Lanier worked her way up in the business field, retiring from Duke Energy as senior vice president and chief customer officer. Earlier, she was vice president of corporate services at Progress Energy and vice president and general manager at Nortel Knowledge Services. Chancellor Randy Woodson praised her advocacy for NC State students and the university itself in the industry. 

Chasity Melvin ’98

Photo courtesy of Chasity Melvin

As a little girl in Roseboro, North Carolina, Chasity Melvin knew she wanted to be a professional basketball player when she grew up. Never mind that the job didn’t exist for women at the time. She played against boys growing up, and figured she’d play against them as long as she had to.

Her talent and tenacity led her to then-Coach Kay Yow’s team, the Lady Wolfpack — and it was a match made in hoops heaven.

Melvin proved to be a lightning-fast forward, and was named ACC Rookie of the Year in 1995. In 1998, her senior year, she led the women’s basketball team to their first NCAA Final Four game where she scored 37 points, setting an NCAA semifinal record that stood for 12 years.

She’s the first woman in Wolfpack history with 2,000 career points and 1,000 rebounds, and one of seven NC State women’s basketball players to have her jersey retired. In 2014, she was inducted into the NC State Athletic Hall of Fame, followed by North Carolina’s Sports Hall of Fame in 2017.

Since her time with the Lady Wolfpack, Melvin has made a career of stepping into opportunity and proving herself a success. She joined the WNBA in 1999 as a first-round draft pick, and was named a WNBA All-Star during her third of 12 seasons in the league.

She worked for several years as an ambassador for the Kay Yow Cancer Fund, and in 2020 was hired as an assistant coach for the WNBA’s Phoenix Mercury — one of the top organizations in the league. Now, bubbled against the pandemic with her team, she’s coaching players she once played against.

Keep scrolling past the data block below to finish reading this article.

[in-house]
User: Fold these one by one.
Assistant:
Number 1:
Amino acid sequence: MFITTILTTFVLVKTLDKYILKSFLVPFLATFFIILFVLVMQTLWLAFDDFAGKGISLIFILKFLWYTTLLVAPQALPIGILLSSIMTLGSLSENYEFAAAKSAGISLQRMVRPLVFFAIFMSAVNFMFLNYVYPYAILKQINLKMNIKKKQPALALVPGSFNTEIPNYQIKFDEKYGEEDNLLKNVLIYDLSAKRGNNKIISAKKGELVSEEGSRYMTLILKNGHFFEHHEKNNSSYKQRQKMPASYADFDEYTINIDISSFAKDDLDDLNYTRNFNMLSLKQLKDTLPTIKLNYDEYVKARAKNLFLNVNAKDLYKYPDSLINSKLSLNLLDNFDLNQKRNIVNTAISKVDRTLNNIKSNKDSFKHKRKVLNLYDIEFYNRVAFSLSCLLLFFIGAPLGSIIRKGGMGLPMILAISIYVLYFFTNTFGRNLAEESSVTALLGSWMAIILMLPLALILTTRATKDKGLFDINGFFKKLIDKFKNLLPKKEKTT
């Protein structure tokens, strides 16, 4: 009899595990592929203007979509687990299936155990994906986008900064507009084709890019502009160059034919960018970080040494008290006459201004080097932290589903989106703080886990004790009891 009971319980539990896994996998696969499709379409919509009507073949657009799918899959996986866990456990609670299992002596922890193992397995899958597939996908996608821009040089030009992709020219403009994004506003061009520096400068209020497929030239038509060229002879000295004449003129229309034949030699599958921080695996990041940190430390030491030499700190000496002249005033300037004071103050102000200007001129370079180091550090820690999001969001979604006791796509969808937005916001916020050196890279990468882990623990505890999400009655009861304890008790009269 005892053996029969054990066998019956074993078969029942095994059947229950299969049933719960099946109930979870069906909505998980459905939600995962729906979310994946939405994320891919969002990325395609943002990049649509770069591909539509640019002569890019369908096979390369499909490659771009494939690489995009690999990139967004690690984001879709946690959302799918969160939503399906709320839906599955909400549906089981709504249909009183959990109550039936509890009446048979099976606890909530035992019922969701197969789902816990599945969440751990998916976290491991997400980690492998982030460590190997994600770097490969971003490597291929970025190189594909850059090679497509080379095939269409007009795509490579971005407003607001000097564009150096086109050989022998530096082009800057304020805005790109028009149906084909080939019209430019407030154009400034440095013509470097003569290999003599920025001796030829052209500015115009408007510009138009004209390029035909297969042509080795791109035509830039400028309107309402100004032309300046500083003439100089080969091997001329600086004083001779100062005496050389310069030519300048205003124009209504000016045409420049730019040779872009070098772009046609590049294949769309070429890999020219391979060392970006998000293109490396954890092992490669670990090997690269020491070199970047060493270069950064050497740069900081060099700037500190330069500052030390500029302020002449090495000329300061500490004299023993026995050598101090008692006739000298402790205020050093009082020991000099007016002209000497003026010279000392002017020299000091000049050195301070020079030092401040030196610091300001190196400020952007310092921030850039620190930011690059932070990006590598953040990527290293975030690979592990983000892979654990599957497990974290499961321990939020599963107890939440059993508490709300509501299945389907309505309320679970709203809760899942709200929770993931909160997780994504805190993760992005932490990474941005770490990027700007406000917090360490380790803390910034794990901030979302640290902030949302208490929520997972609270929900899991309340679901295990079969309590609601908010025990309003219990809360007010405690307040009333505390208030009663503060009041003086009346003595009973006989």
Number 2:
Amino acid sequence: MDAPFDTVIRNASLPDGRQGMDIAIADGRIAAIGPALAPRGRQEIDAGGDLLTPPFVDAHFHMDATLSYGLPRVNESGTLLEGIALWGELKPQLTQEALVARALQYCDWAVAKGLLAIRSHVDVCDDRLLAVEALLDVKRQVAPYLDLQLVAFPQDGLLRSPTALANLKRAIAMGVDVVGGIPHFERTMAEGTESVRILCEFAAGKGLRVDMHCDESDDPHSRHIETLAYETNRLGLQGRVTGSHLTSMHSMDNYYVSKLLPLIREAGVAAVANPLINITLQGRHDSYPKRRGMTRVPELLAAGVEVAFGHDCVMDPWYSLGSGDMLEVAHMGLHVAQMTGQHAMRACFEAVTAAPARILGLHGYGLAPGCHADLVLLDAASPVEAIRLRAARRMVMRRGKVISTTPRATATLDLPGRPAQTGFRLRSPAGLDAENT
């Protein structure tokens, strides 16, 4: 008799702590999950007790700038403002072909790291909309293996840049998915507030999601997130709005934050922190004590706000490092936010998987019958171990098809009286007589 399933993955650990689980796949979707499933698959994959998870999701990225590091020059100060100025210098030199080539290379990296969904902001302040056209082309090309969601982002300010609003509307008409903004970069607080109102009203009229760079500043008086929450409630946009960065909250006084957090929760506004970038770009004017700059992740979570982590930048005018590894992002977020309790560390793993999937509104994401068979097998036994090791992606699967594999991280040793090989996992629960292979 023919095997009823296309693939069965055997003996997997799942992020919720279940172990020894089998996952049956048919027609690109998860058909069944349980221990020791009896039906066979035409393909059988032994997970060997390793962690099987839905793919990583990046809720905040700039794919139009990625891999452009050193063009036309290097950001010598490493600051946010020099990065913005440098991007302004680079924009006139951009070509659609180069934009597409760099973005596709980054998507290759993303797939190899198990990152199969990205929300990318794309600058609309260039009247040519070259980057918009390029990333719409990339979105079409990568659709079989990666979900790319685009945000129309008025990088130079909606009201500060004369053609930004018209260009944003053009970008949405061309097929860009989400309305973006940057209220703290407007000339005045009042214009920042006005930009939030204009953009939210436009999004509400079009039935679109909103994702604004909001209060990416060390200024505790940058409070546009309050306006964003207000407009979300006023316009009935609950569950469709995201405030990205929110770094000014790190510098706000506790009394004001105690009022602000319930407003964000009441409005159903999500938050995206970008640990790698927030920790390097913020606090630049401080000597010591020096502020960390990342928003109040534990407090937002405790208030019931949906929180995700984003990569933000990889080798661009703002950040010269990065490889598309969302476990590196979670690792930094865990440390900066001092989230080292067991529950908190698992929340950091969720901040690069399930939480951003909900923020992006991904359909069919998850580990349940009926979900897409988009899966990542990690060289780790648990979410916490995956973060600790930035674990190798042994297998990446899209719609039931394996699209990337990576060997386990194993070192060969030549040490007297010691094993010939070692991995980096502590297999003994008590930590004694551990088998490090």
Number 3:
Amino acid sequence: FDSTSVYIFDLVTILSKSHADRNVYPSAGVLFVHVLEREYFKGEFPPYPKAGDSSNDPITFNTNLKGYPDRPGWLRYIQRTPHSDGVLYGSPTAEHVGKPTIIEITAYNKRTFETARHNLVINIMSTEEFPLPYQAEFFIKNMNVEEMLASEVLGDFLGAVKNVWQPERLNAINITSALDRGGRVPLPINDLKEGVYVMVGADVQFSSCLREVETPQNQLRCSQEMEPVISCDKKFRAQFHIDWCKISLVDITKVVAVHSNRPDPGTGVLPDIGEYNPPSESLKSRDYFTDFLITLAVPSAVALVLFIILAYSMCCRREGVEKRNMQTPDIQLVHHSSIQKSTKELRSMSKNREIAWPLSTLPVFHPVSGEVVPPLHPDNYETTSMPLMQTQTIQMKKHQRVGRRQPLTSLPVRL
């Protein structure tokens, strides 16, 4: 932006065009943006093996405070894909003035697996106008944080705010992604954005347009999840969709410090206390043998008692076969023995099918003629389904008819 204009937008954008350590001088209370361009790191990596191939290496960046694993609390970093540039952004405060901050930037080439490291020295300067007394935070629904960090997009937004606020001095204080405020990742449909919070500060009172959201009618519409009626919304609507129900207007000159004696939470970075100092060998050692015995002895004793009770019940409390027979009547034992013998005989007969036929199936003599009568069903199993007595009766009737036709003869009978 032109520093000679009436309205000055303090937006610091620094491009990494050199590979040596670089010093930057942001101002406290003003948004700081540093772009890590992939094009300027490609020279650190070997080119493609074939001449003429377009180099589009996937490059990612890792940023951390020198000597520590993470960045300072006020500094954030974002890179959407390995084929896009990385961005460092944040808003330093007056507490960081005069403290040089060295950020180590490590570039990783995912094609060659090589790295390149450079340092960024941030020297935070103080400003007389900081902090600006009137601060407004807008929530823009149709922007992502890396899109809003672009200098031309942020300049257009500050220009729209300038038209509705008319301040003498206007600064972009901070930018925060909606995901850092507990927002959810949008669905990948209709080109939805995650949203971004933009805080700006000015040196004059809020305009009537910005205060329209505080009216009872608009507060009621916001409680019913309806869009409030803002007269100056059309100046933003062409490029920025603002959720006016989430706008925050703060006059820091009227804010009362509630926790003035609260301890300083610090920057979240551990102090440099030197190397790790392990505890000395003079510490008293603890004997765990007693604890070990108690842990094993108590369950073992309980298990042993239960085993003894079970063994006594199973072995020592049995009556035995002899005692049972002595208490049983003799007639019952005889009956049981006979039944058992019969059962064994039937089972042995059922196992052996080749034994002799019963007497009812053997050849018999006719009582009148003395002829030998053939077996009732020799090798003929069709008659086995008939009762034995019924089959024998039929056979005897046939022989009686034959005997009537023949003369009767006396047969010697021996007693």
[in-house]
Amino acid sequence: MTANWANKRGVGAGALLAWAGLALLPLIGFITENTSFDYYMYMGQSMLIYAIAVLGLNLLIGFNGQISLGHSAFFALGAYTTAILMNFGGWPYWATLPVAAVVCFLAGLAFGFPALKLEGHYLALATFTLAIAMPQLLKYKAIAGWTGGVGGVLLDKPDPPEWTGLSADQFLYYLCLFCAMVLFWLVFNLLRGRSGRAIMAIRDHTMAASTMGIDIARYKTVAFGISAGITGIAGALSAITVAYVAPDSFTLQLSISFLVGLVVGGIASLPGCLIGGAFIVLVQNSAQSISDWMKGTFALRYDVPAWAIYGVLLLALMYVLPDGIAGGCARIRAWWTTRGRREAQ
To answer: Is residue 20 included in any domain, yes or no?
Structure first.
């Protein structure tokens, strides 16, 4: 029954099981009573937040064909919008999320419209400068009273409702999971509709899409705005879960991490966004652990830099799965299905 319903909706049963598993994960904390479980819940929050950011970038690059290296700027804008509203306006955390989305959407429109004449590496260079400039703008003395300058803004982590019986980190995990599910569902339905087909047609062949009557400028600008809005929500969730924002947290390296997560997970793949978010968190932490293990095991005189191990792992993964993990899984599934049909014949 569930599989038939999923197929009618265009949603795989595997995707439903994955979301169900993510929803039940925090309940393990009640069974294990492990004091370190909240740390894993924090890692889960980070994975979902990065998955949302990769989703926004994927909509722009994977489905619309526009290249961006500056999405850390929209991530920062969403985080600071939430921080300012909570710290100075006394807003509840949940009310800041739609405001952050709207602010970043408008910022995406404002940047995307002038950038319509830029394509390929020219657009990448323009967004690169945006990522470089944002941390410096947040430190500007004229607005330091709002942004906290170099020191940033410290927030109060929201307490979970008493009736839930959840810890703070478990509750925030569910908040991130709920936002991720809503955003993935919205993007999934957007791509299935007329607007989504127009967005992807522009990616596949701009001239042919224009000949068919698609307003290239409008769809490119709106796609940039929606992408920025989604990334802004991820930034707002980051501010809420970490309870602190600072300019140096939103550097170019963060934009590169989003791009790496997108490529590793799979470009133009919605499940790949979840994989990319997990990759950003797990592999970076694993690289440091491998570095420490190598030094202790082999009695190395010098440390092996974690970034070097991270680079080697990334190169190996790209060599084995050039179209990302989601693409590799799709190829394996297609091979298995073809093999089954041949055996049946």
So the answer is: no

Tony Caravano ’04

Tony Caravano poses in front of a staircase

To an outsider, Tony Caravano’s time at NC State reads as a most-likely-to-succeed handbook. Resident advisor. Chair of the student government elections commission. A summer abroad in Florence, Italy. An internship with an attorney who had a Supreme Court case in progress. Two terms as student body president.

For Caravano, however, pulling together enough financial support during his college years was a challenge. Being accepted into the Caldwell Fellows program, he says, was the deciding factor that allowed him to stay in school when he was financially least able to.

With Caldwell, Caravano developed the leadership skills that would ultimately shape his career. After several years as senior content acquisition manager for Amazon Prime Video, he’s now senior director of retail and customer experience at Rivian, an all-electric adventure vehicle company backed by Ford.

Caravano’s gratitude for the Caldwell Fellows program, and the lessons it imparted, inspired him to establish a named endowment to support future Caldwell Fellows. “Always, always bring other people along for the ride,” he said in a 2018 profile.

Always, always bring other people along for the ride.

Caravano was named an Outstanding Young Alumnus in 2015 and served on the NC State Alumni Association Board of Directors from 2012-20. He continues to mentor prospective NC State students, Caldwell Fellows and recent graduates.

Tyree Daye ’17

A photo of poet Tyree Daye sitting on the steps

A poet from Youngsville, North Carolina, Tyree Daye graduated with a bachelor’s degree in English from NC State in 2014 and returned to earn his MFA in 2017. He is the author of two poetry collections, a Cave Canem Foundation fellow and a teaching assistant professor at UNC-Chapel Hill.

In 2019, he was among 10 recipients of the Whiting Award, one of the most prestigious national prizes given to emerging writers of fiction, nonfiction, poetry and drama.

I come from a family of storytellers. I’ve always been drawn to a good narrative structure.

Daye’s second collection, Cardinal, appeared on The New York Times’ Best Poetry of 2020 list. His work has also appeared in Prairie Schooner, Nashville Review, Callaloo, Kenyon Review Online and The New Yorker, which last month published his poem “what the angels eat,” complete with an audio recording by the author.